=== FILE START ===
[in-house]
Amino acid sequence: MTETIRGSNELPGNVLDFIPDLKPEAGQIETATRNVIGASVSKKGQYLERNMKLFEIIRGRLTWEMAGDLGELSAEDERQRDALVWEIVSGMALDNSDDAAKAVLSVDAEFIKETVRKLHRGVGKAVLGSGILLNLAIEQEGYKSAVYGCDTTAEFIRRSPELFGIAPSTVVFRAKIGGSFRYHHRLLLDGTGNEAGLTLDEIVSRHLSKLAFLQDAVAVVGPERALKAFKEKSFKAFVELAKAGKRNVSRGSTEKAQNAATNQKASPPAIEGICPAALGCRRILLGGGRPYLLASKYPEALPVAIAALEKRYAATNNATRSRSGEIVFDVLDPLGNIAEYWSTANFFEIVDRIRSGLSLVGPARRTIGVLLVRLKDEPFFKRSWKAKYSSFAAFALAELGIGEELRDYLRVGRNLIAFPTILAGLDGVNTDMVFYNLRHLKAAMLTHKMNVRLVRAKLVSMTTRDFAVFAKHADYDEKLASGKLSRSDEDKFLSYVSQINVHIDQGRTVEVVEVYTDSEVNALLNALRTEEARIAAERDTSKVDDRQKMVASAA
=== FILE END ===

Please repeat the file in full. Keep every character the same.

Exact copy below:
[in-house]
Amino acid sequence: MTETIRGSNELPGNVLDFIPDLKPEAGQIETATRNVIGASVSKKGQYLERNMKLFEIIRGRLTWEMAGDLGELSAEDERQRDALVWEIVSGMALDNSDDAAKAVLSVDAEFIKETVRKLHRGVGKAVLGSGILLNLAIEQEGYKSAVYGCDTTAEFIRRSPELFGIAPSTVVFRAKIGGSFRYHHRLLLDGTGNEAGLTLDEIVSRHLSKLAFLQDAVAVVGPERALKAFKEKSFKAFVELAKAGKRNVSRGSTEKAQNAATNQKASPPAIEGICPAALGCRRILLGGGRPYLLASKYPEALPVAIAALEKRYAATNNATRSRSGEIVFDVLDPLGNIAEYWSTANFFEIVDRIRSGLSLVGPARRTIGVLLVRLKDEPFFKRSWKAKYSSFAAFALAELGIGEELRDYLRVGRNLIAFPTILAGLDGVNTDMVFYNLRHLKAAMLTHKMNVRLVRAKLVSMTTRDFAVFAKHADYDEKLASGKLSRSDEDKFLSYVSQINVHIDQGRTVEVVEVYTDSEVNALLNALRTEEARIAAERDTSKVDDRQKMVASAA